Melissa Miner discusses the continuing uncertainty about the disease’s possible causes and contributing factors, and demonstrates how to access data and graphic interpretations on MARINe’s website. Results from citizen science population survey efforts initiated during the wasting disease event — including two sites within the Cherry Point Aquatic Reserve — are being added to the website. The Q&A session includes some discussion about possible effects on other intertidal species.

"Intertidal Monitoring at Cherry Point: A Look into Citizen Science" by Eleanor Hines

(View the presentation and video)

Eleanor Hines is the lead scientist at RE Sources for Sustainable Communities. She provides staff support for the Cherry Point Aquatic Reserve Citizen Stewardship Committee and leads intertidal monitoring and citizen science programs.

The intertidal monitoring program started in 2013 at Cherry Point and Fidalgo Bay Aquatic Reserves, adapted from a similar citizen science program in Island County. 

Eleanor Hines highlighted the importance of citizen science to fill data gaps and better inform management plans for the Aquatic Reserves. She also explains while the intertidal monitoring program has a lot of strengths, there have been a lot of lessons learned over the years to make it as strong as it is today. 

"Stuck in the Middle: The Ecology, Knowledge Gaps or Misunderstandings, and Issues Surrounding Forage Fish" by Evelyn Brown 

(View the presentation and video)

Dr. Evelyn Brown is a fisheries analyst with Lummi Nation's Natural Resources Department. 

Dr. Brown shared her extensive knowledge and expertise on forage fish, explaining the myths and pitfalls of some common misunderstandings in forage fish management. There is a lot of information packed into this presentation, but if you wanted to dive deeper into the world of forage fish, this is a great place to start. 

Dr. Brown shared some wonderful photos of her past research and you can see just how thick some of the forage fish egg spawn on the beach once was in areas. She mainly covered herring, but covered some of the lesser known forage fish too. Some of the main highlights include:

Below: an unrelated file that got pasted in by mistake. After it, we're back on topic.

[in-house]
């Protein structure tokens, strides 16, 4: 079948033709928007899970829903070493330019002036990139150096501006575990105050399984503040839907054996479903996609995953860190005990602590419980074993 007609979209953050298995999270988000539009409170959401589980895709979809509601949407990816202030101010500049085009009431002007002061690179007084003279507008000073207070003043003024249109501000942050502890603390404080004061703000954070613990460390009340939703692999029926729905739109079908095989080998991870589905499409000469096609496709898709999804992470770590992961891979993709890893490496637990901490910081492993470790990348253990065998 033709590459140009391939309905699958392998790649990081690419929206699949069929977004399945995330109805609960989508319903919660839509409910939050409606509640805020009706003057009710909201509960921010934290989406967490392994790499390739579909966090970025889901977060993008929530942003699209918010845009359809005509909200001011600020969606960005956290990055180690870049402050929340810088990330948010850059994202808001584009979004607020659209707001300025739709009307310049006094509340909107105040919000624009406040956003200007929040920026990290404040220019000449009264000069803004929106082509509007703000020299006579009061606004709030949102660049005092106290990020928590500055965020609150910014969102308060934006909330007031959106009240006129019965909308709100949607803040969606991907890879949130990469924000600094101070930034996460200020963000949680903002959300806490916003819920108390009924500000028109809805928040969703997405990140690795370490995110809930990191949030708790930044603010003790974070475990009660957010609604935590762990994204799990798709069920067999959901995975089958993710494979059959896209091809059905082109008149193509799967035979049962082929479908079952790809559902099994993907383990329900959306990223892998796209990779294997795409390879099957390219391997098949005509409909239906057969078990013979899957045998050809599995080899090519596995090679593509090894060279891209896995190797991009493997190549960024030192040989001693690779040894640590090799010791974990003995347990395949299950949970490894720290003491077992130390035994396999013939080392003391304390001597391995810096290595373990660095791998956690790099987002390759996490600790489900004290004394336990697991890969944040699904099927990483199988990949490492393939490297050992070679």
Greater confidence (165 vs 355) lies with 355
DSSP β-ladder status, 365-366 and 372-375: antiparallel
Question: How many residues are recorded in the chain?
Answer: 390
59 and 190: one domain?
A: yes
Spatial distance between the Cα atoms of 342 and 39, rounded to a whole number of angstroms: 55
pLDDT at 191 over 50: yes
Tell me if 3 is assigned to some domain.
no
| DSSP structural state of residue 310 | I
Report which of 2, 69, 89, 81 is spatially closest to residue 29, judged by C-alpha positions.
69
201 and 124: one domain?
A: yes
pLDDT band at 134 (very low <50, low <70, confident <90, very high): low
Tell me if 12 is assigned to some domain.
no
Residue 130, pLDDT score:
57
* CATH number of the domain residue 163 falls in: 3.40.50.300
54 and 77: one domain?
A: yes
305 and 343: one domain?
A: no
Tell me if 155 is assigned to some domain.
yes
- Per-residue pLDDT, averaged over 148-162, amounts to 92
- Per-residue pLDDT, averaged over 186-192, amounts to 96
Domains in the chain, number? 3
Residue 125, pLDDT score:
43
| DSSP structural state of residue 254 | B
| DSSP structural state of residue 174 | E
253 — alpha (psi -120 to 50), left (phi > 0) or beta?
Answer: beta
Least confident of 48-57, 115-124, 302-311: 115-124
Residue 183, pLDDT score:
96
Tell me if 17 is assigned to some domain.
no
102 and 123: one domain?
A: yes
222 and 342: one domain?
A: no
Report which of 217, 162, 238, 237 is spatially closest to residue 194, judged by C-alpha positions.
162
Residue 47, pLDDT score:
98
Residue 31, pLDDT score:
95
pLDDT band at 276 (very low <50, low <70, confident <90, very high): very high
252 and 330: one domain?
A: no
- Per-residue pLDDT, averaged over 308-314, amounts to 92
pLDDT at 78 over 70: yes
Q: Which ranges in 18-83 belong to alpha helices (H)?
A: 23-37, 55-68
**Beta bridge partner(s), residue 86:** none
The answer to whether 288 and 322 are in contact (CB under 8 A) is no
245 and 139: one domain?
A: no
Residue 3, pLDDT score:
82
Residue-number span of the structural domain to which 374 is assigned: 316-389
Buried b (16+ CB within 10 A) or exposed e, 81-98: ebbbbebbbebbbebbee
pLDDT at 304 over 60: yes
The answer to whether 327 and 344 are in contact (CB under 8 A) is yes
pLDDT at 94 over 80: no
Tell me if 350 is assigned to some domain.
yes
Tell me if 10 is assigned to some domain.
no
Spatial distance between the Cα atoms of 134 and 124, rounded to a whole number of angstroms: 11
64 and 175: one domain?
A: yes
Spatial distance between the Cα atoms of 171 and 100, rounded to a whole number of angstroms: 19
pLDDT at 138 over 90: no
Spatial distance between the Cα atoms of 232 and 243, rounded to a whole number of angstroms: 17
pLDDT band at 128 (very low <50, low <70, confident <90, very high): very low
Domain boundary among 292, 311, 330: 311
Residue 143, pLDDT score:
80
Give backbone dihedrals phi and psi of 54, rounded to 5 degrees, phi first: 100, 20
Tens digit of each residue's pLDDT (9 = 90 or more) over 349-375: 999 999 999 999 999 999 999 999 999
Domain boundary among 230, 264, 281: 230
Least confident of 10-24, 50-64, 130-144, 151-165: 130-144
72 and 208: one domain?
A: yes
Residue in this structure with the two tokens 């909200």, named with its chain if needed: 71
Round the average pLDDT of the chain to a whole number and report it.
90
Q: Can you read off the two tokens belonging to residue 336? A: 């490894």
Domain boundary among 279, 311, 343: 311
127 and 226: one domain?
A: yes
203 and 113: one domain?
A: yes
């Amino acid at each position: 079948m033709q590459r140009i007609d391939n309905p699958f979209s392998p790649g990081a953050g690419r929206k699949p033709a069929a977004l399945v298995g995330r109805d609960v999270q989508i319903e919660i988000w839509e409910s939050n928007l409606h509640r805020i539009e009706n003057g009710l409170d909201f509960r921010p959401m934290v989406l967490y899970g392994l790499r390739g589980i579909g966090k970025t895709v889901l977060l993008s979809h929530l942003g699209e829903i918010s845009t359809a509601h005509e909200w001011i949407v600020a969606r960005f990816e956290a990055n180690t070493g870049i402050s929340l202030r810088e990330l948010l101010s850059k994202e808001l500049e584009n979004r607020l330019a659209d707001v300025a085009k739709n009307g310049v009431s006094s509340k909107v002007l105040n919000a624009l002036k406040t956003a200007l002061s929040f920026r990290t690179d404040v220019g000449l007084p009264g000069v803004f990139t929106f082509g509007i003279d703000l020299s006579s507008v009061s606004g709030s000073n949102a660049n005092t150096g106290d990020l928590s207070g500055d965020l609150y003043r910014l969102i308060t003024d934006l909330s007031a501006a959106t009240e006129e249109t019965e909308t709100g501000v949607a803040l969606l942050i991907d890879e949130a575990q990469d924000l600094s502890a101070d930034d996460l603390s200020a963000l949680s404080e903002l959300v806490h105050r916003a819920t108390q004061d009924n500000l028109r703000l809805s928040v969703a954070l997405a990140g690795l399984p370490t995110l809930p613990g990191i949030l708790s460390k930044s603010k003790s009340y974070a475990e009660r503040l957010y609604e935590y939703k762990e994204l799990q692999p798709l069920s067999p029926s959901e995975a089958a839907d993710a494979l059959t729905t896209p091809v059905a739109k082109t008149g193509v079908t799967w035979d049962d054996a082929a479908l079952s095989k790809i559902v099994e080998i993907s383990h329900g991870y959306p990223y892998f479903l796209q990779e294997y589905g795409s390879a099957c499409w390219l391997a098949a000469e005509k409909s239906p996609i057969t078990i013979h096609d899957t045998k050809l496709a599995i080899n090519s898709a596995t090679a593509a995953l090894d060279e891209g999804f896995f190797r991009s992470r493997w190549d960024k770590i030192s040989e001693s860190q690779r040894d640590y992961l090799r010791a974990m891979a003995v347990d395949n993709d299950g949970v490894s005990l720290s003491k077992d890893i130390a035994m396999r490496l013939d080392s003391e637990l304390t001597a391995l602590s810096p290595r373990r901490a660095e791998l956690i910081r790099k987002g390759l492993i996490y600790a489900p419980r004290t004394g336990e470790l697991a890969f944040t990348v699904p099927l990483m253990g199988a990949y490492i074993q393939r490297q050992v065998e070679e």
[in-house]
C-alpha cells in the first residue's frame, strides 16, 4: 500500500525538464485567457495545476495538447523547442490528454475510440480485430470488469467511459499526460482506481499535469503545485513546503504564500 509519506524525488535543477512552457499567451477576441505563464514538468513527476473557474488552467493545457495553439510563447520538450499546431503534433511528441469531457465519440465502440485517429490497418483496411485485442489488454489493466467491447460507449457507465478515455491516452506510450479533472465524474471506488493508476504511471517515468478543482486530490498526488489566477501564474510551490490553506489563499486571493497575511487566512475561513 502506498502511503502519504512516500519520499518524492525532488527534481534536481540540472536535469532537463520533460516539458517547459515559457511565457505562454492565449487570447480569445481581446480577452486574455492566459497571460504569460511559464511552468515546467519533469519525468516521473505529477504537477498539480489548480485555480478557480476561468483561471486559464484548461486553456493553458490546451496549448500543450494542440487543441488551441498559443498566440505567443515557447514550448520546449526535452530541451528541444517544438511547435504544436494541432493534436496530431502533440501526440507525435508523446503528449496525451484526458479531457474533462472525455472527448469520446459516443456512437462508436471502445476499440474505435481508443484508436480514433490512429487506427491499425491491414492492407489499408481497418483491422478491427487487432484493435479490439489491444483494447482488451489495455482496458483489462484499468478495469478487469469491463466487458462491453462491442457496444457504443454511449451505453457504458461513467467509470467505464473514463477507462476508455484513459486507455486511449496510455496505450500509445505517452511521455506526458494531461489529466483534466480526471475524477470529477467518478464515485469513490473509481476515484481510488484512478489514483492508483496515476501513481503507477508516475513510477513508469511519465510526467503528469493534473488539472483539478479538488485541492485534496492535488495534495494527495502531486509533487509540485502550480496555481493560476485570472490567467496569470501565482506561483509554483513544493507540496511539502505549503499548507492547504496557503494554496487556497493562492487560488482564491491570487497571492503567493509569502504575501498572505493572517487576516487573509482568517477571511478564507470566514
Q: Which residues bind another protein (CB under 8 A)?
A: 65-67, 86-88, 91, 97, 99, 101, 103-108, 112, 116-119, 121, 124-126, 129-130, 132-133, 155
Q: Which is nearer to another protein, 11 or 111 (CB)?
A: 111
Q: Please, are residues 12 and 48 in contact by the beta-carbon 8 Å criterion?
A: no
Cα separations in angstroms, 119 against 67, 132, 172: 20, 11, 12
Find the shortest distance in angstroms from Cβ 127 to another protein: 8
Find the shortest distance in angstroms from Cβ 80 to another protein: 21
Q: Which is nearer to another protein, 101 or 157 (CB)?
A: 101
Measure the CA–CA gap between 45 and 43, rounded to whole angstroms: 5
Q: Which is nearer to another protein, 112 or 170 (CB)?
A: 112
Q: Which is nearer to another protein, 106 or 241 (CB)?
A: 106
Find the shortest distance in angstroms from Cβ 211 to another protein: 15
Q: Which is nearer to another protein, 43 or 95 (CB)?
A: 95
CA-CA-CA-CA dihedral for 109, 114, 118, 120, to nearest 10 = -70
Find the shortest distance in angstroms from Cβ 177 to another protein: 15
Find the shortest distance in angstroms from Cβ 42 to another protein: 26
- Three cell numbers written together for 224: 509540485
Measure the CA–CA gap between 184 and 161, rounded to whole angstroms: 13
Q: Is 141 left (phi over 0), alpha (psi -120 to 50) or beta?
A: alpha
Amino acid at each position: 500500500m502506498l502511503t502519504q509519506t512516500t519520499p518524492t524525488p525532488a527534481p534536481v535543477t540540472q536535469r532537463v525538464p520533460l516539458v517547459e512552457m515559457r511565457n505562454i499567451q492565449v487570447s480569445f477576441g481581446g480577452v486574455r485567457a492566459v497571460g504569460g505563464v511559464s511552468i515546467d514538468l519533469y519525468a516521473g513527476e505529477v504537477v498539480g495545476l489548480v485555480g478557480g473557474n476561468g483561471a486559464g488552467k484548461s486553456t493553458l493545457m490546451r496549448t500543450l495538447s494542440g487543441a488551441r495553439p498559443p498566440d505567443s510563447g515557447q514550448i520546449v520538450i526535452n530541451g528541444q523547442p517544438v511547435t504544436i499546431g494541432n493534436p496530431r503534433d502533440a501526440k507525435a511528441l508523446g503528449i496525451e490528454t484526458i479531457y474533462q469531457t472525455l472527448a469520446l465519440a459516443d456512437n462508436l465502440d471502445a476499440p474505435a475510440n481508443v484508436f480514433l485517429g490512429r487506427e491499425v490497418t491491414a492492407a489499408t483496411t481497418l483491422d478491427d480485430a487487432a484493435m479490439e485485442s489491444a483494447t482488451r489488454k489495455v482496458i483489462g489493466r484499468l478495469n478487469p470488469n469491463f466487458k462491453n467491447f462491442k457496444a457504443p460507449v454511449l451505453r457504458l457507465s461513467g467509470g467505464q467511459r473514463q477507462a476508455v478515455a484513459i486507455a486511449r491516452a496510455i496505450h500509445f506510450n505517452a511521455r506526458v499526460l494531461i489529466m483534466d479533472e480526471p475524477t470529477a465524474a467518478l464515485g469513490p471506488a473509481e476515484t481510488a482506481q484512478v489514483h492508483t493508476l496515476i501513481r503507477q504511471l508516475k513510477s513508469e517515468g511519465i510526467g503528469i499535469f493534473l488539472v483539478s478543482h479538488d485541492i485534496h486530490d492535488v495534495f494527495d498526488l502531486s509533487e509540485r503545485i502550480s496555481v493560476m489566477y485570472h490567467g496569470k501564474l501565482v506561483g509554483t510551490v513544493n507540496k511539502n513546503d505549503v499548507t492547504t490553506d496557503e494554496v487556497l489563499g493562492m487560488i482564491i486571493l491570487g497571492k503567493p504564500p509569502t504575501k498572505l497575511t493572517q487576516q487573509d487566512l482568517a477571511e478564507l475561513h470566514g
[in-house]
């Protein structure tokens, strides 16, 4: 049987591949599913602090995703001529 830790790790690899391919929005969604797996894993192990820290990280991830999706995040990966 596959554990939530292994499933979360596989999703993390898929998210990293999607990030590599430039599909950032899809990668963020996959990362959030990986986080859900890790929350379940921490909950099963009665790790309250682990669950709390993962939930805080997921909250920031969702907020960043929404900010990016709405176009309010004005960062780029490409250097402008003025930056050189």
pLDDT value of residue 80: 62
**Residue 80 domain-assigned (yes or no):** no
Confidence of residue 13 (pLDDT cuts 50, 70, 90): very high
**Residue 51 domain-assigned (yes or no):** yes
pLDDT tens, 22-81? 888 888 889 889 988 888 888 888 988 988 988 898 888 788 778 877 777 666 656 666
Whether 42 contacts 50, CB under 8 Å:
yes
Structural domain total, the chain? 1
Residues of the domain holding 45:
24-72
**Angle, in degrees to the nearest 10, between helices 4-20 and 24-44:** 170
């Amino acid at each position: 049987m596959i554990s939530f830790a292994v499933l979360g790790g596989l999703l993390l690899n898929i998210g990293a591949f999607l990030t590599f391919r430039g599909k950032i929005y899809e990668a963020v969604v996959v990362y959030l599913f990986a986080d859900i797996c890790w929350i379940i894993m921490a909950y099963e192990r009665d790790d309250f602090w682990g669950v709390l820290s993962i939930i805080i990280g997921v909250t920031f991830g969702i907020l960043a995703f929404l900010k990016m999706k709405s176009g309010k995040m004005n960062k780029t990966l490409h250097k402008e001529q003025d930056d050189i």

• The marine trophic structure is dynamic and is NOT always a triangle, as ecology text books often present 
  • Fluctuations between high and low populations are normal, and presents a challenge for managing these (and other) fisheries 
  • There are certain stages of the forage fish life cycle that if focused on and properly managed, can help support better fisheries, while other life stages when managed will have less impact on the overall populations 
  • These fish are hard to study, but interesting studies are underway 

"Ocean Acidification in Nearshore Habitats of Washington State" by Micah Horwith

(View the presentation and video)

Micah Horwith is a coastal scientist at the Washington State Department of Natural Resources, Aquatic Resources Division. He leads investigations of ocean acidification for the Aquatics Assessment and Monitoring Team.

Micah presented the latest information about increased acidification in the ocean. He brought the topic closer to home with a glimpse at how local plants and organisms are being affected or may be able to provide refuge as ocean acidification increases. 

Even non-scientists will find this information very accessible and the insight into research protocol quite interesting and educational.

Upcoming events & opportunities: November 2016

posted Nov 3, 2016, 11:01 AM by RE Sources for Sustainable Communities   [ updated Nov 3, 2016, 11:02 AM ]

Speaker Series: Chinook Salmon

Wednesday, November 16th
3:30 PM - 5:00 PM
Garden Room, Civic Center Annex
322 N Commercial Street, Bellingham (map)

Eric Beamer with the Skagit River System Cooperative will present on the juvenile Chinook salmon population's structure and dynamics on the Nooksack River estuary and Bellingham Bay shoreline. Read more.